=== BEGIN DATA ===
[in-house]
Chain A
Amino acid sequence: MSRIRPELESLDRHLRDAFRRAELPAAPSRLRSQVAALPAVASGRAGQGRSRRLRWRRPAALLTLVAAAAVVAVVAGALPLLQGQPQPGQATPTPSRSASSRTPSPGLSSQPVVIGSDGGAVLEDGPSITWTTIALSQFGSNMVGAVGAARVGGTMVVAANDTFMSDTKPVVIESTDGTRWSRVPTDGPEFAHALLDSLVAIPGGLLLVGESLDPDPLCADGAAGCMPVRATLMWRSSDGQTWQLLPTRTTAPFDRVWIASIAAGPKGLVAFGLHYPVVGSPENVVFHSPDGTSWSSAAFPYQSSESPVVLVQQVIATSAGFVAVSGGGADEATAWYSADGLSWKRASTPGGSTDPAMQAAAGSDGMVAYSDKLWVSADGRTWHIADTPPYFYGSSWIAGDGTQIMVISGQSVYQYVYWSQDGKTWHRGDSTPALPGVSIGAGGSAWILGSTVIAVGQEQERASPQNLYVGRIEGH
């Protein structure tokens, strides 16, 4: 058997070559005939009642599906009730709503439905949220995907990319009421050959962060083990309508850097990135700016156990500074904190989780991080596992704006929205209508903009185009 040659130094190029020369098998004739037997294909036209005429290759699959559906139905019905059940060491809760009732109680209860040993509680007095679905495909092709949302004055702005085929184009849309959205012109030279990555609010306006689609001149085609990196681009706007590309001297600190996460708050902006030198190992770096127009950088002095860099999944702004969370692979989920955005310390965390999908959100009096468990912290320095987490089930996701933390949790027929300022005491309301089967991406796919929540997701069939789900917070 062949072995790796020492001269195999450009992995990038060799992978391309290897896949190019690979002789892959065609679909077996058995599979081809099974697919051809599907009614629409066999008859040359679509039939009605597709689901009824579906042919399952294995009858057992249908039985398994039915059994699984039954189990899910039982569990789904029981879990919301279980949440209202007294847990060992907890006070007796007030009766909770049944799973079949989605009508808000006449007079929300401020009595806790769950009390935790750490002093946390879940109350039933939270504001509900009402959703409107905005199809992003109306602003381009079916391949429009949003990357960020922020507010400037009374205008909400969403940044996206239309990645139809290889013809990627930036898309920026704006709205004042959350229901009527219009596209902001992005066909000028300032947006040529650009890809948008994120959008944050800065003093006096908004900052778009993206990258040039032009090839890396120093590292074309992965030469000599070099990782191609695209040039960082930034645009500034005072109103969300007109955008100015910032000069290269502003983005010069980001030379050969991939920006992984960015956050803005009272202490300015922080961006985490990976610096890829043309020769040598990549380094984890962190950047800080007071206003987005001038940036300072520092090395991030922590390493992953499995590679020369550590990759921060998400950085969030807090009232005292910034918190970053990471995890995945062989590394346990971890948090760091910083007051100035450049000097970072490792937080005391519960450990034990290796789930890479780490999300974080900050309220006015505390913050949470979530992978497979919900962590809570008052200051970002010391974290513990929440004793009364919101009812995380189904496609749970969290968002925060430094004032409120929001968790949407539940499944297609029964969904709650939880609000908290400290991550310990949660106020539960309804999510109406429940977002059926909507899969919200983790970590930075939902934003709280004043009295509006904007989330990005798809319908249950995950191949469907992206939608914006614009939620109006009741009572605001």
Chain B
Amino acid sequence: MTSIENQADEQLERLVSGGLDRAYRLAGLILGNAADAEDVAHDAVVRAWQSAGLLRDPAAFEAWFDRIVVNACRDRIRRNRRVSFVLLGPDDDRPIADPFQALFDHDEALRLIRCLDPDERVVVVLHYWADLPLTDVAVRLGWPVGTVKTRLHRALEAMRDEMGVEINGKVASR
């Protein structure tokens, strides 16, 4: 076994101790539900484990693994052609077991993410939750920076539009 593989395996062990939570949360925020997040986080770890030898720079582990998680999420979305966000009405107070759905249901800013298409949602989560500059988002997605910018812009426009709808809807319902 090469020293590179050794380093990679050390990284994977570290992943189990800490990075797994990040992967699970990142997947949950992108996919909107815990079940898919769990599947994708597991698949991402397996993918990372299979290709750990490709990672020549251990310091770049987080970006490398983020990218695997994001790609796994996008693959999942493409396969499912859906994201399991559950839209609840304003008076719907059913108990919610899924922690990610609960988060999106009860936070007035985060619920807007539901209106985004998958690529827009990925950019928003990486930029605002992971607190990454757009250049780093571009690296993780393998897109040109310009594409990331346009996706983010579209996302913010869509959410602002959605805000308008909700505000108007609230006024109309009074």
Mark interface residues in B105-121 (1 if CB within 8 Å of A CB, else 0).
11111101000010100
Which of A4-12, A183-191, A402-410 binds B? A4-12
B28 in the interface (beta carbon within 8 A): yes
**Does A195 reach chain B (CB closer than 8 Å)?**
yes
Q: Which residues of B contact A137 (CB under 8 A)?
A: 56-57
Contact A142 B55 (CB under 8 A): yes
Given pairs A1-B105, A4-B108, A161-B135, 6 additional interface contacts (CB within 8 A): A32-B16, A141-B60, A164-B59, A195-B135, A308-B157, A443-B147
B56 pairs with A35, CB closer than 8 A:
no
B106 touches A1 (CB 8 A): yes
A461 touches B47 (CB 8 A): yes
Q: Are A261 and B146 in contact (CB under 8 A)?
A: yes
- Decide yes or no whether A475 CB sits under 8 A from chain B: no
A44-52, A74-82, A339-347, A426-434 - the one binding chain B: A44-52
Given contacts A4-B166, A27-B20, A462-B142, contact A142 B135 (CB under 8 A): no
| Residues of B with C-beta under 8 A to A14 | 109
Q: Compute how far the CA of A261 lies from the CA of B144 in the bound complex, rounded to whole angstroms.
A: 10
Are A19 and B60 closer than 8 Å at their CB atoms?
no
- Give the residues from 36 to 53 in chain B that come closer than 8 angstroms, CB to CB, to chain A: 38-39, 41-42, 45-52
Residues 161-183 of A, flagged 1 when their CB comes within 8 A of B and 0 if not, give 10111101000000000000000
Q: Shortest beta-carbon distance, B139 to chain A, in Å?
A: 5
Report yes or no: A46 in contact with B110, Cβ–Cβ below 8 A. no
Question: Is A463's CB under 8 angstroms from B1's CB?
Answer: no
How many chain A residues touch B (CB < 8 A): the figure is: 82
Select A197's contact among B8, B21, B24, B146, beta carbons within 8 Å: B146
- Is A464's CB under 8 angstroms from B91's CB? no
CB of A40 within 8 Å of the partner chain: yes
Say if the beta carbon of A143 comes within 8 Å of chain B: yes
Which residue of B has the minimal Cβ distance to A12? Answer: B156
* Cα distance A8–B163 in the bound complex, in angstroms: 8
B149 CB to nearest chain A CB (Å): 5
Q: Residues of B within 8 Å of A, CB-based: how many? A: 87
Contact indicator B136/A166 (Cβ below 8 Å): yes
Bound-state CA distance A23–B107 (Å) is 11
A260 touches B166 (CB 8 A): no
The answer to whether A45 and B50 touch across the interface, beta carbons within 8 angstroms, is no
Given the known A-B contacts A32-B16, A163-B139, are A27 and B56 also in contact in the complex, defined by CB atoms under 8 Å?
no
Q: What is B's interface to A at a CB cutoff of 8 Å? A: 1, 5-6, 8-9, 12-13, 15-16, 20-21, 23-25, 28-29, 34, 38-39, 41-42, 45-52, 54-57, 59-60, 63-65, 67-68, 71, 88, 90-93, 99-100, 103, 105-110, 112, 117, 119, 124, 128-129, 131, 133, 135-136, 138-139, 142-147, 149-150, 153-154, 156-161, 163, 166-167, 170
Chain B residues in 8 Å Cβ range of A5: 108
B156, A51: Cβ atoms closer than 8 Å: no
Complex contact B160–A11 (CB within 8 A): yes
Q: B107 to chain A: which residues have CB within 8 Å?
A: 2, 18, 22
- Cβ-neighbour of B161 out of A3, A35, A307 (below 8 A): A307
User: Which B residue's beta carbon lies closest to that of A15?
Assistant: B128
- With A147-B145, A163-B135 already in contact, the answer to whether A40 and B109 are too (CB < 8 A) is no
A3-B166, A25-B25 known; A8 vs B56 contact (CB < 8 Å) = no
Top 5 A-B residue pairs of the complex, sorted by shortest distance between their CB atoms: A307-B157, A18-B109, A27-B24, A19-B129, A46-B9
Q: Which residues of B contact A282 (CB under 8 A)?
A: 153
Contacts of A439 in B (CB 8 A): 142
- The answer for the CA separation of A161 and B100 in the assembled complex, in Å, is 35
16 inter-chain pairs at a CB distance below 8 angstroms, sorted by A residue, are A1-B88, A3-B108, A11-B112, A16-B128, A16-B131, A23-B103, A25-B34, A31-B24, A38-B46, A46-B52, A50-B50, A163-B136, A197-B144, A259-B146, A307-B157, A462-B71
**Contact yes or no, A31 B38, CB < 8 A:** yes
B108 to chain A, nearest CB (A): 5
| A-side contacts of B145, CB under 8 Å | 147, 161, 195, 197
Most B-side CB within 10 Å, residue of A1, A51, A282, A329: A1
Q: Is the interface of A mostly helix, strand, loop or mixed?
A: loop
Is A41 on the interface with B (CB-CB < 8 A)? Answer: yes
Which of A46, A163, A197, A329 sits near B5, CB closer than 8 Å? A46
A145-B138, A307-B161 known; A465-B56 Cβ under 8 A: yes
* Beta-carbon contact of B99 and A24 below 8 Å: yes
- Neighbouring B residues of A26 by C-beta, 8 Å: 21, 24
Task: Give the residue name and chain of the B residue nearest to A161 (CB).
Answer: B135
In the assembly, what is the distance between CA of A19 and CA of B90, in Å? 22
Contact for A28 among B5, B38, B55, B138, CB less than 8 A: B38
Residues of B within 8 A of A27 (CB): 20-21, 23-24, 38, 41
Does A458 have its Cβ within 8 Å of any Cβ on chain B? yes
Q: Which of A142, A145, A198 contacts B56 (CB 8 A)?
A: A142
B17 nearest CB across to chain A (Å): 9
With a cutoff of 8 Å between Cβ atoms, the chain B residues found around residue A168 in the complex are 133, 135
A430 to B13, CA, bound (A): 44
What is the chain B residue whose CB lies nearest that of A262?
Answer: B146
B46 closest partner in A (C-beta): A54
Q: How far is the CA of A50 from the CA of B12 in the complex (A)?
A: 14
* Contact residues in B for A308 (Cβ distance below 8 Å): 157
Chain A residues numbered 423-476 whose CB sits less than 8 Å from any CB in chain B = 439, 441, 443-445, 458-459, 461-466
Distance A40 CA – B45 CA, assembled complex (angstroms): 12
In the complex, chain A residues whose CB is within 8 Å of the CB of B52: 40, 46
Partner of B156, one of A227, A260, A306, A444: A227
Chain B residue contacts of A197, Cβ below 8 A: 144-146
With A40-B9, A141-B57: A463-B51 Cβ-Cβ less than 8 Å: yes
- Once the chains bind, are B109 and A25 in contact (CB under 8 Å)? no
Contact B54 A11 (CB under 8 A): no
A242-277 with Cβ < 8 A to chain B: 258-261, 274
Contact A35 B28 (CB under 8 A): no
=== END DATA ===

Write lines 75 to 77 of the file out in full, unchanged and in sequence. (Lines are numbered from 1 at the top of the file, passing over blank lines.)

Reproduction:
Q: Is the interface of A mostly helix, strand, loop or mixed?
A: loop
Is A41 on the interface with B (CB-CB < 8 A)? Answer: yes